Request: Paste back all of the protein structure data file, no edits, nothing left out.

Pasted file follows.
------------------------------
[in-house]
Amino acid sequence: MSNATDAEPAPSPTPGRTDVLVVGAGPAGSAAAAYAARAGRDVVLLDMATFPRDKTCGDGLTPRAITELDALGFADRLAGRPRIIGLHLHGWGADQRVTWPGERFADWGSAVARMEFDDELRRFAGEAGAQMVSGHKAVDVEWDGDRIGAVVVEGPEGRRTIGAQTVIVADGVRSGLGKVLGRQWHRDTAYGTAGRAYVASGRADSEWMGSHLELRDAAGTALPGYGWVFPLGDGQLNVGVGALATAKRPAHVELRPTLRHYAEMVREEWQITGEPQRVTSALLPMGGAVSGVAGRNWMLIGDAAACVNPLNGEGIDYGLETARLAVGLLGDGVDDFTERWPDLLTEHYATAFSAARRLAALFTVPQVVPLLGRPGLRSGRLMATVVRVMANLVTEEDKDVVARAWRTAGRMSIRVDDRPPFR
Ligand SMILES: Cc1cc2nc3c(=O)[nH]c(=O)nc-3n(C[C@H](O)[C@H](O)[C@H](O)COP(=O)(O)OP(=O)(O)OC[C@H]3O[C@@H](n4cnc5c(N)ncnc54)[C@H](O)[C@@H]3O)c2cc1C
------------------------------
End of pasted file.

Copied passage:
[in-house]
Amino acid sequence: MSNATDAEPAPSPTPGRTDVLVVGAGPAGSAAAAYAARAGRDVVLLDMATFPRDKTCGDGLTPRAITELDALGFADRLAGRPRIIGLHLHGWGADQRVTWPGERFADWGSAVARMEFDDELRRFAGEAGAQMVSGHKAVDVEWDGDRIGAVVVEGPEGRRTIGAQTVIVADGVRSGLGKVLGRQWHRDTAYGTAGRAYVASGRADSEWMGSHLELRDAAGTALPGYGWVFPLGDGQLNVGVGALATAKRPAHVELRPTLRHYAEMVREEWQITGEPQRVTSALLPMGGAVSGVAGRNWMLIGDAAACVNPLNGEGIDYGLETARLAVGLLGDGVDDFTERWPDLLTEHYATAFSAARRLAALFTVPQVVPLLGRPGLRSGRLMATVVRVMANLVTEEDKDVVARAWRTAGRMSIRVDDRPPFR
Ligand SMILES: Cc1cc2nc3c(=O)[nH]c(=O)nc-3n(C[C@H](O)[C@H](O)[C@H](O)COP(=O)(O)OP(=O)(O)OC[C@H]3O[C@@H](n4cnc5c(N)ncnc54)[C@H](O)[C@@H]3O)c2cc1C